February 27, 1998
BENNIE THOMPSON, PLAINTIFF-APPELLEE,
EDWARD PETIT, DEFENDANT-APPELLANT.
PRESIDING JUSTICE HOFFMAN delivered the opinion of the court:
The plaintiff, Bennie Thompson, filed the instant negligence action seeking recovery for damages sustained when he was shot by the defendant, Edward Petit. Although the defendant did not deny shooting the plaintiff, he claimed that he acted in self-defense. The matter was tried before a jury in the circuit court of Cook County resulting in a verdict in favor of the plaintiff. After reducing the plaintiff's total damages by the 25% attributable to his own contributory negligence, the jury assessed the plaintiff's recoverable damages at $2,249,070, and the trial Judge entered Judgement on the verdict. The defendant filed a post-trial motion seeking the entry of a Judgement notwithstanding the verdict or, in the alternative, a new trial. The defendant's post-trial motion was heard and denied by a circuit Judge to whom the matter was assigned after the trial Judge's retirement from judicial service. Thereafter, the defendant filed a timely notice of appeal both from the judgment entered on the verdict and the denial of his post-trial motion. For the reasons which follow, we affirm.
This action arose from a traffic altercation which occurred on the Stevenson Expressway in Chicago on July 3, 1986. The plaintiff and his co-worker, Fred Quillin, were travelling eastbound in the plaintiff's car when they encountered a station wagon driven by the defendant. The events which followed culminated in the plaintiff being shot twice by the defendant. There is no dispute that the defendant shot the plaintiff. The evidence introduced by the parties at trial, however, presented the jury with two conflicting versions of the events leading up to the shooting.
According to the testimony of the plaintiff and Quillin, they were travelling eastbound in the far left lane of the expressway when they were passed by a station wagon being driven by the defendant on the left shoulder of the roadway. After passing the plaintiff's vehicle, the defendant entered the left lane immediately in front of the plaintiff's vehicle, slammed on his brakes, and brought his vehicle to a complete stop. The plaintiff was able to stop without hitting the defendant's vehicle. The plaintiff exited his car and began walking toward the defendant's vehicle. However, as he reached the rear of the defendant's vehicle, the defendant drove forward a short distance and then stopped. The plaintiff began walking back to his own car when the defendant backed his vehicle toward the plaintiff at 15 to 20 m.p.h., stopping within about four feet of the front of the plaintiff's car. The plaintiff again walked toward the defendant's vehicle, but the defendant sped away.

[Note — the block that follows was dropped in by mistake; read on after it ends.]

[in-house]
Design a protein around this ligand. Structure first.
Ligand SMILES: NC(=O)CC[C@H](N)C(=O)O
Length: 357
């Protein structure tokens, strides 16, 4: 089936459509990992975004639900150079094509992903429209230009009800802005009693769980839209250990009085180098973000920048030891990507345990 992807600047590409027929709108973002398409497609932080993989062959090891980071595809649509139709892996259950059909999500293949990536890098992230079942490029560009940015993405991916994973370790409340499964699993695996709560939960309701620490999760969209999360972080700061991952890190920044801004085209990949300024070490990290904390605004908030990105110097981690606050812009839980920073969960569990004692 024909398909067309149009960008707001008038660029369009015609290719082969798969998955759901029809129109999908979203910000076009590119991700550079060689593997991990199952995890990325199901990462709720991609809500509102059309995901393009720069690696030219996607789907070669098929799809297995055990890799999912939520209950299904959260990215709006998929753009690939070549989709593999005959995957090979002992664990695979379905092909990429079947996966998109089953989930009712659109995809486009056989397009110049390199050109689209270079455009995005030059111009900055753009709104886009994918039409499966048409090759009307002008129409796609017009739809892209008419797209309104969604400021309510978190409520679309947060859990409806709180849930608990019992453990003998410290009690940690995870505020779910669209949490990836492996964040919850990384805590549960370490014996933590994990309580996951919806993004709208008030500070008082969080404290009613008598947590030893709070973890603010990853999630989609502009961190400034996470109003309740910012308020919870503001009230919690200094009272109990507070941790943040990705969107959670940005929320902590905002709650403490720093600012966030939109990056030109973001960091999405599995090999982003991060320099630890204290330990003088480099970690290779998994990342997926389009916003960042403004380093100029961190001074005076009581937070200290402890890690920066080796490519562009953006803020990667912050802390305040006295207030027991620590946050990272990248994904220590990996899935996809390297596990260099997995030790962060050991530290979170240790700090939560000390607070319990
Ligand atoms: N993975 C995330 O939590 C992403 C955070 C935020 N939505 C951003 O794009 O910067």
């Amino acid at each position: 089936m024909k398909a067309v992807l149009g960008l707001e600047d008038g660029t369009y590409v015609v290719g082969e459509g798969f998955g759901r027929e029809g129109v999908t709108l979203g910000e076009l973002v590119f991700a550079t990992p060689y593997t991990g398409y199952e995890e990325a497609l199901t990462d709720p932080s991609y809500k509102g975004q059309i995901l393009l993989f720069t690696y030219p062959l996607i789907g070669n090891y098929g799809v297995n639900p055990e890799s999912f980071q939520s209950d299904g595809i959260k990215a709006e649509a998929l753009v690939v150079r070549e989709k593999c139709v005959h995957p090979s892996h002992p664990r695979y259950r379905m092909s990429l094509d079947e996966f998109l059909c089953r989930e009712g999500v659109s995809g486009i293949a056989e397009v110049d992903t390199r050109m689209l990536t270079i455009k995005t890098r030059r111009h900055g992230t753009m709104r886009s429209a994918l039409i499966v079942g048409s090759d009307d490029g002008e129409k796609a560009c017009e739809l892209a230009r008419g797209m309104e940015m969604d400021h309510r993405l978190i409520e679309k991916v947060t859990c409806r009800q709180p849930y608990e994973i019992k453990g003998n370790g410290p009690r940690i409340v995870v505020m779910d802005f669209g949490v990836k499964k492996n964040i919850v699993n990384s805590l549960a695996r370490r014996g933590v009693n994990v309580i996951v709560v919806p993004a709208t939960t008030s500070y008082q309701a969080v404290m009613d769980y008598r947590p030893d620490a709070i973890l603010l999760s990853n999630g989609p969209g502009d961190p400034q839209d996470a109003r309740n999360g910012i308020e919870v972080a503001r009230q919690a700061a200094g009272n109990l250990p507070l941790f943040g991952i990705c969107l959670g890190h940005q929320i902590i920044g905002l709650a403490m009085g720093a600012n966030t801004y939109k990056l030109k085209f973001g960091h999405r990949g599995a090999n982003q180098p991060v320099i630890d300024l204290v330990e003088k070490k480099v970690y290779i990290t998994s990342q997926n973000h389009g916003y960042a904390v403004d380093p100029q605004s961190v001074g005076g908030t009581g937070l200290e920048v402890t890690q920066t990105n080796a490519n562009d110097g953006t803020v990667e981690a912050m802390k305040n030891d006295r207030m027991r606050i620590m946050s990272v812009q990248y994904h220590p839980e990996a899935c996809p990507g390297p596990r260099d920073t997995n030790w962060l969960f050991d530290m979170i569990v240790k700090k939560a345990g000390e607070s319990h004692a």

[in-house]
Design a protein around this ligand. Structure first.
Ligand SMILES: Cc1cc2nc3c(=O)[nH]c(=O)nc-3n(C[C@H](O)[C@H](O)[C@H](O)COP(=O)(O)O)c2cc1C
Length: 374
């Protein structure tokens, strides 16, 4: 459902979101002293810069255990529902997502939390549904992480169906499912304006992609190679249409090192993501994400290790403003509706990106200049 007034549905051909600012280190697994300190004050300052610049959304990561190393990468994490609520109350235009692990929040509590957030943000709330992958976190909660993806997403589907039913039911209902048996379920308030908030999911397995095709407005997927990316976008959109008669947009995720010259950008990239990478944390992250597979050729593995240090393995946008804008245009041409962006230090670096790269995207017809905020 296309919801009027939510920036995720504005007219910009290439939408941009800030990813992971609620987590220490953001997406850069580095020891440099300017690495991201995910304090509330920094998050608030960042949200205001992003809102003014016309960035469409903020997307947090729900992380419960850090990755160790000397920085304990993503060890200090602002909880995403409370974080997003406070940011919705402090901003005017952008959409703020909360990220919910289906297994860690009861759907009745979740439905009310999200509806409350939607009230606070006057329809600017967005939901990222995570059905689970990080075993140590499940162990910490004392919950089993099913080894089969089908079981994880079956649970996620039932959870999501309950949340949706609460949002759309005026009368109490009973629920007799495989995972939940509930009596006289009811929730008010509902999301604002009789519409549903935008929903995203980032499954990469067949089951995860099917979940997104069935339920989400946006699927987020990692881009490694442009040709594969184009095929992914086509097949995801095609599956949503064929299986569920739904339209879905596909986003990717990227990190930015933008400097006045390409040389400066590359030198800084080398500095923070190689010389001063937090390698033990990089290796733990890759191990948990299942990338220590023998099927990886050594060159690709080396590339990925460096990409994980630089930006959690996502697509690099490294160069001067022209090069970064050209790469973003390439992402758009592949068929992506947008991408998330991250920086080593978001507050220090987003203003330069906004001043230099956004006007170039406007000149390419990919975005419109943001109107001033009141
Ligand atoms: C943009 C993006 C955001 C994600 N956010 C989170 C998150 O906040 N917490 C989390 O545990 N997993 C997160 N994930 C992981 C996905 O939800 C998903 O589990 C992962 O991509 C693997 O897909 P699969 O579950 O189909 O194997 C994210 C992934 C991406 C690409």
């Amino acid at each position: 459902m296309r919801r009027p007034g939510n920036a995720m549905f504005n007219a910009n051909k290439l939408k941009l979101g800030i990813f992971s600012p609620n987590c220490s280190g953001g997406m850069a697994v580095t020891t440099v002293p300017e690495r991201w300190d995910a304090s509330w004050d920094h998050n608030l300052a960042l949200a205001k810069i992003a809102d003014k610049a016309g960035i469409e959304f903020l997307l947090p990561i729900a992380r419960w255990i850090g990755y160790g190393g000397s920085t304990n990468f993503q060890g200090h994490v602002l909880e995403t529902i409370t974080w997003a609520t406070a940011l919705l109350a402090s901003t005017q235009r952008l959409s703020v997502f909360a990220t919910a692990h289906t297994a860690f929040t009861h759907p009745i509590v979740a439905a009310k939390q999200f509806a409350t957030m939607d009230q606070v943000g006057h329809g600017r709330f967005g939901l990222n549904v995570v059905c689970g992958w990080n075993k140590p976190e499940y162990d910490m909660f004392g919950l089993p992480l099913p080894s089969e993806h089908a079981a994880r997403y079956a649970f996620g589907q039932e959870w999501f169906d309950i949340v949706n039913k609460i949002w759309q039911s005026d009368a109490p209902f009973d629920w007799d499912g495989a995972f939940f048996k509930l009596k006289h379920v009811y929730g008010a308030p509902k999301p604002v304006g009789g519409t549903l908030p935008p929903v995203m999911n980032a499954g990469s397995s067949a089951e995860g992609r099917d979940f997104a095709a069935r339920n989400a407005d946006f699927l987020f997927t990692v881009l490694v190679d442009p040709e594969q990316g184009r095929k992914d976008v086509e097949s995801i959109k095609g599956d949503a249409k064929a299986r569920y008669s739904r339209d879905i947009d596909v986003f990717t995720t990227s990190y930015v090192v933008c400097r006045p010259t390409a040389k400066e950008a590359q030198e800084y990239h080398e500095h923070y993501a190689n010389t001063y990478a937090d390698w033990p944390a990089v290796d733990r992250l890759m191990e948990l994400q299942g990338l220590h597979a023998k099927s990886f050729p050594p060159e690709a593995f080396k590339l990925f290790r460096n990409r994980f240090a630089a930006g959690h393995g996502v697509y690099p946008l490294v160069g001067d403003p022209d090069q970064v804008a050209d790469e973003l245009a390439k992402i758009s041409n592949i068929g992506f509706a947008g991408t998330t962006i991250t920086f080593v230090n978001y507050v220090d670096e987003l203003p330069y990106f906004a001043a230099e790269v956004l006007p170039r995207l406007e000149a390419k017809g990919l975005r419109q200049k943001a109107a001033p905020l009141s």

The plaintiff returned to his car and followed the defendant. When the plaintiff caught up with the defendant, he pulled his vehicle in front of the defendant's and forced the defendant to stop in the left lane of the expressway with the plaintiff's vehicle positioned four to eight feet in front of the defendant's. The plaintiff and Quillin exited the plaintiff's vehicle. At the time they exited the car, the plaintiff was carrying a small bat and Quillin was carrying a long key chain. The plaintiff walked toward the defendant's vehicle. As he reached the rear of his own car, the plaintiff saw that the defendant had a gun. According to the plaintiff, the defendant shot him as he turned to run. After the plaintiff fell to the ground, the defendant approached, stood over him, and shot the plaintiff a second time.
Testifying both as an adverse witness in the plaintiff's case and again in his own defense, the defendant related an entirely different sequence of events. According to the defendant, he was driving eastbound on the Stevenson Expressway in the left lane when the plaintiff, who was driving eastbound in the center lane, struck the passenger door of the defendant's vehicle and then pulled in front of the defendant, compelling him to drive on the shoulder of the roadway to avoid a collision. Thereafter, the defendant pulled in front of the plaintiff's vehicle and stopped, also forcing the plaintiff to stop. The defendant testified that the plaintiff, armed with a bat, and Quillin, carrying a tire iron, exited the plaintiff's car and ran toward the defendant yelling obscenities. The defendant drove his vehicle forward a short distance as they approached. Thereafter, he moved his vehicle in reverse, but ultimately pulled away.